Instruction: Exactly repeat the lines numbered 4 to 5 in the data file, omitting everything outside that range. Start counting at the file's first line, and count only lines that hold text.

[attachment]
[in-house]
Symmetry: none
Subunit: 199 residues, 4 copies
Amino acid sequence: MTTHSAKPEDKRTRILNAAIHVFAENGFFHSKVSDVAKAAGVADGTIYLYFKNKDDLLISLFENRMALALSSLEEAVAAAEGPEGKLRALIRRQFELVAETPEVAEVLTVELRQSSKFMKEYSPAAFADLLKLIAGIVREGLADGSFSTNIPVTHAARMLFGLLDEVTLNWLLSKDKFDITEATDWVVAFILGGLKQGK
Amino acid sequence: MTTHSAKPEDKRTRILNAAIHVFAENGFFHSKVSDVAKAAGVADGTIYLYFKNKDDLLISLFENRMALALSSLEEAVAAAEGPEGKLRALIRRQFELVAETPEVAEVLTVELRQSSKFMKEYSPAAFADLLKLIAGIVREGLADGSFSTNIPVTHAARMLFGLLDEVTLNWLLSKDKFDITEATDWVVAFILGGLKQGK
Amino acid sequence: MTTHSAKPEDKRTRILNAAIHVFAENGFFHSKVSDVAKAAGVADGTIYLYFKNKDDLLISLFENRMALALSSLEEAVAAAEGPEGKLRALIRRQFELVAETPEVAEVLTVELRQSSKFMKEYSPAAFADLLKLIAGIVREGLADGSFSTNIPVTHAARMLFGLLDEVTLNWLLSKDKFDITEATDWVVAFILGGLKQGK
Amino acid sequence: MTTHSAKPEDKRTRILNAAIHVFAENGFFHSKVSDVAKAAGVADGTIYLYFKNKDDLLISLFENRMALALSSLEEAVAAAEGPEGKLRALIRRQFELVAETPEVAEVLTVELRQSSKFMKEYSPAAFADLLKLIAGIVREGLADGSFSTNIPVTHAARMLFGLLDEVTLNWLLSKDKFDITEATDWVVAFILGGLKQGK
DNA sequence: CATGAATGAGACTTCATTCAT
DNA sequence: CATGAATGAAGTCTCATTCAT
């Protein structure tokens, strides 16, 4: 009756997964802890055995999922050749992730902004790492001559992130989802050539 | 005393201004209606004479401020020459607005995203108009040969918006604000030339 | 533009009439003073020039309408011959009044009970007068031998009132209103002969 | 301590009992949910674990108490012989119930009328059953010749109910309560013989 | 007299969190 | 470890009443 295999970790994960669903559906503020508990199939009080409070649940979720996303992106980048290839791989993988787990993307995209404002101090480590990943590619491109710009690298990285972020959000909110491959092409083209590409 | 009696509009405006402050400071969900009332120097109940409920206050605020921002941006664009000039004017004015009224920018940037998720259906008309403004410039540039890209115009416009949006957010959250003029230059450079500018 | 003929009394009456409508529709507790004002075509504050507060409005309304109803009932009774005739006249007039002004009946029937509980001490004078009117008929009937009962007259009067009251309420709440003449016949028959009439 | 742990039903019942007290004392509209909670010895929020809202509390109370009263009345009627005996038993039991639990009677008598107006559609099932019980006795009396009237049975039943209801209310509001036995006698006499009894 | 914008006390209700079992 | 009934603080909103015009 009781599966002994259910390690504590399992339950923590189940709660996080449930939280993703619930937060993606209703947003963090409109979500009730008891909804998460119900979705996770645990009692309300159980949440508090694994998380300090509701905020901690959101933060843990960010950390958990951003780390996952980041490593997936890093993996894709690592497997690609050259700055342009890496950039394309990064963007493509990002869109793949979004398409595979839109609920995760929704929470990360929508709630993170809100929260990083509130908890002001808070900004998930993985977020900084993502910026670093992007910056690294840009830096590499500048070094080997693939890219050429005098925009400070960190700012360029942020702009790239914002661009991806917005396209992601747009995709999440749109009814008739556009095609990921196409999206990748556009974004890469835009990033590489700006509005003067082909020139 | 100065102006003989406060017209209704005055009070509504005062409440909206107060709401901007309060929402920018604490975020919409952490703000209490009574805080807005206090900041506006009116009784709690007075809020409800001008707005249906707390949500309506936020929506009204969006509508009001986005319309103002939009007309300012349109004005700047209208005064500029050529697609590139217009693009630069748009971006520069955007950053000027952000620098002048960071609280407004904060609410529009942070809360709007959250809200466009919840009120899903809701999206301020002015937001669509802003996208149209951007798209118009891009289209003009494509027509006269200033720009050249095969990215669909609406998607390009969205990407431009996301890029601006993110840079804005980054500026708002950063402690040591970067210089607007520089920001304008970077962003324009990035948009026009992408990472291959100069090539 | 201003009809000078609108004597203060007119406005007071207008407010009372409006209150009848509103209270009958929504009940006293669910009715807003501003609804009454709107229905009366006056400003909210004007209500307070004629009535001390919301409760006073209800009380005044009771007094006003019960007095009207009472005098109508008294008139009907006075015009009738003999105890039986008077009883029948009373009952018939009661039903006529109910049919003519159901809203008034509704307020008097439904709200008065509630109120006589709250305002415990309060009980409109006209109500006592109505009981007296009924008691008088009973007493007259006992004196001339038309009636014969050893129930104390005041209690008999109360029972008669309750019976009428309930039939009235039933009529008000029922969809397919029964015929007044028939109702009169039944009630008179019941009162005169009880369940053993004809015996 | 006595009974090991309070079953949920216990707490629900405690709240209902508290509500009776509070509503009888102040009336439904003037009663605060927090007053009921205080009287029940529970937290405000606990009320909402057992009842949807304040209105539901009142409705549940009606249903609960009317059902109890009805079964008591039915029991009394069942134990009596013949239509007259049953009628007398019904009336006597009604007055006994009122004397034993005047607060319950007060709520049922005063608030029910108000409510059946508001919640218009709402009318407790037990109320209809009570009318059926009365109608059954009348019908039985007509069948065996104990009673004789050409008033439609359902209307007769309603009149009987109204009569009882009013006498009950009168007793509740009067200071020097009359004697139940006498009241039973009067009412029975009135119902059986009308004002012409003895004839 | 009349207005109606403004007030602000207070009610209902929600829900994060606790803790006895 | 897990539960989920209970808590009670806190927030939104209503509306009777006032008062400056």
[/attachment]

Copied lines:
Amino acid sequence: MTTHSAKPEDKRTRILNAAIHVFAENGFFHSKVSDVAKAAGVADGTIYLYFKNKDDLLISLFENRMALALSSLEEAVAAAEGPEGKLRALIRRQFELVAETPEVAEVLTVELRQSSKFMKEYSPAAFADLLKLIAGIVREGLADGSFSTNIPVTHAARMLFGLLDEVTLNWLLSKDKFDITEATDWVVAFILGGLKQGK
Amino acid sequence: MTTHSAKPEDKRTRILNAAIHVFAENGFFHSKVSDVAKAAGVADGTIYLYFKNKDDLLISLFENRMALALSSLEEAVAAAEGPEGKLRALIRRQFELVAETPEVAEVLTVELRQSSKFMKEYSPAAFADLLKLIAGIVREGLADGSFSTNIPVTHAARMLFGLLDEVTLNWLLSKDKFDITEATDWVVAFILGGLKQGK